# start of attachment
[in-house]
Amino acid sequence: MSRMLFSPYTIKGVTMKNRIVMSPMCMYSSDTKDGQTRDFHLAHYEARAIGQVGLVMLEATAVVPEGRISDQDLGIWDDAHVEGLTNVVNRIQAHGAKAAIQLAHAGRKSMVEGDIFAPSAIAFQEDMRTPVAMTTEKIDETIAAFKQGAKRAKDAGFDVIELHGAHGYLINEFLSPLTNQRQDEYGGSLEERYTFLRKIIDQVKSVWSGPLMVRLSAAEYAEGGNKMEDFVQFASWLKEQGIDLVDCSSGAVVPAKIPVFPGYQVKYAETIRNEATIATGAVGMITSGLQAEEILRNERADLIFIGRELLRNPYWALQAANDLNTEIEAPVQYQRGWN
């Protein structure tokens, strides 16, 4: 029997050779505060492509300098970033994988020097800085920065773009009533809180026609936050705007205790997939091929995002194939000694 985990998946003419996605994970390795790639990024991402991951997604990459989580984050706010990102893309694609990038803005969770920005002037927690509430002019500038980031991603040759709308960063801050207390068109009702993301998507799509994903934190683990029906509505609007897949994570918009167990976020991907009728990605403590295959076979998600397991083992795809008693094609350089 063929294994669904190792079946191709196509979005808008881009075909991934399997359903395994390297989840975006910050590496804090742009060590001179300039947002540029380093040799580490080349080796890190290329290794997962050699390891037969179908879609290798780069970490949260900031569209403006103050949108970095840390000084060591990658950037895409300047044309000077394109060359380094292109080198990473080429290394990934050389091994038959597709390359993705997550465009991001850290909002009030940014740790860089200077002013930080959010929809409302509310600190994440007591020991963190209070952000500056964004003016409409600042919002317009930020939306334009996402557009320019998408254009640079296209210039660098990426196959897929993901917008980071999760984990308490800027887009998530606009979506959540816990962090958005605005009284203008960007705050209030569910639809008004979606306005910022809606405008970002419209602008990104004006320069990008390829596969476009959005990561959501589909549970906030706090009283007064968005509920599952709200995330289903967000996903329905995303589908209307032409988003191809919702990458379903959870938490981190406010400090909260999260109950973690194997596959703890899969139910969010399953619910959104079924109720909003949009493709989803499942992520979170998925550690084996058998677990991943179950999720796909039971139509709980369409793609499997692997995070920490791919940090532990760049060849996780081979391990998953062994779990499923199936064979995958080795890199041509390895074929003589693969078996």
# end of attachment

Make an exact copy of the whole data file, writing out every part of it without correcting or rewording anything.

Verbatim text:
[in-house]
Amino acid sequence: MSRMLFSPYTIKGVTMKNRIVMSPMCMYSSDTKDGQTRDFHLAHYEARAIGQVGLVMLEATAVVPEGRISDQDLGIWDDAHVEGLTNVVNRIQAHGAKAAIQLAHAGRKSMVEGDIFAPSAIAFQEDMRTPVAMTTEKIDETIAAFKQGAKRAKDAGFDVIELHGAHGYLINEFLSPLTNQRQDEYGGSLEERYTFLRKIIDQVKSVWSGPLMVRLSAAEYAEGGNKMEDFVQFASWLKEQGIDLVDCSSGAVVPAKIPVFPGYQVKYAETIRNEATIATGAVGMITSGLQAEEILRNERADLIFIGRELLRNPYWALQAANDLNTEIEAPVQYQRGWN
């Protein structure tokens, strides 16, 4: 029997050779505060492509300098970033994988020097800085920065773009009533809180026609936050705007205790997939091929995002194939000694 985990998946003419996605994970390795790639990024991402991951997604990459989580984050706010990102893309694609990038803005969770920005002037927690509430002019500038980031991603040759709308960063801050207390068109009702993301998507799509994903934190683990029906509505609007897949994570918009167990976020991907009728990605403590295959076979998600397991083992795809008693094609350089 063929294994669904190792079946191709196509979005808008881009075909991934399997359903395994390297989840975006910050590496804090742009060590001179300039947002540029380093040799580490080349080796890190290329290794997962050699390891037969179908879609290798780069970490949260900031569209403006103050949108970095840390000084060591990658950037895409300047044309000077394109060359380094292109080198990473080429290394990934050389091994038959597709390359993705997550465009991001850290909002009030940014740790860089200077002013930080959010929809409302509310600190994440007591020991963190209070952000500056964004003016409409600042919002317009930020939306334009996402557009320019998408254009640079296209210039660098990426196959897929993901917008980071999760984990308490800027887009998530606009979506959540816990962090958005605005009284203008960007705050209030569910639809008004979606306005910022809606405008970002419209602008990104004006320069990008390829596969476009959005990561959501589909549970906030706090009283007064968005509920599952709200995330289903967000996903329905995303589908209307032409988003191809919702990458379903959870938490981190406010400090909260999260109950973690194997596959703890899969139910969010399953619910959104079924109720909003949009493709989803499942992520979170998925550690084996058998677990991943179950999720796909039971139509709980369409793609499997692997995070920490791919940090532990760049060849996780081979391990998953062994779990499923199936064979995958080795890199041509390895074929003589693969078996």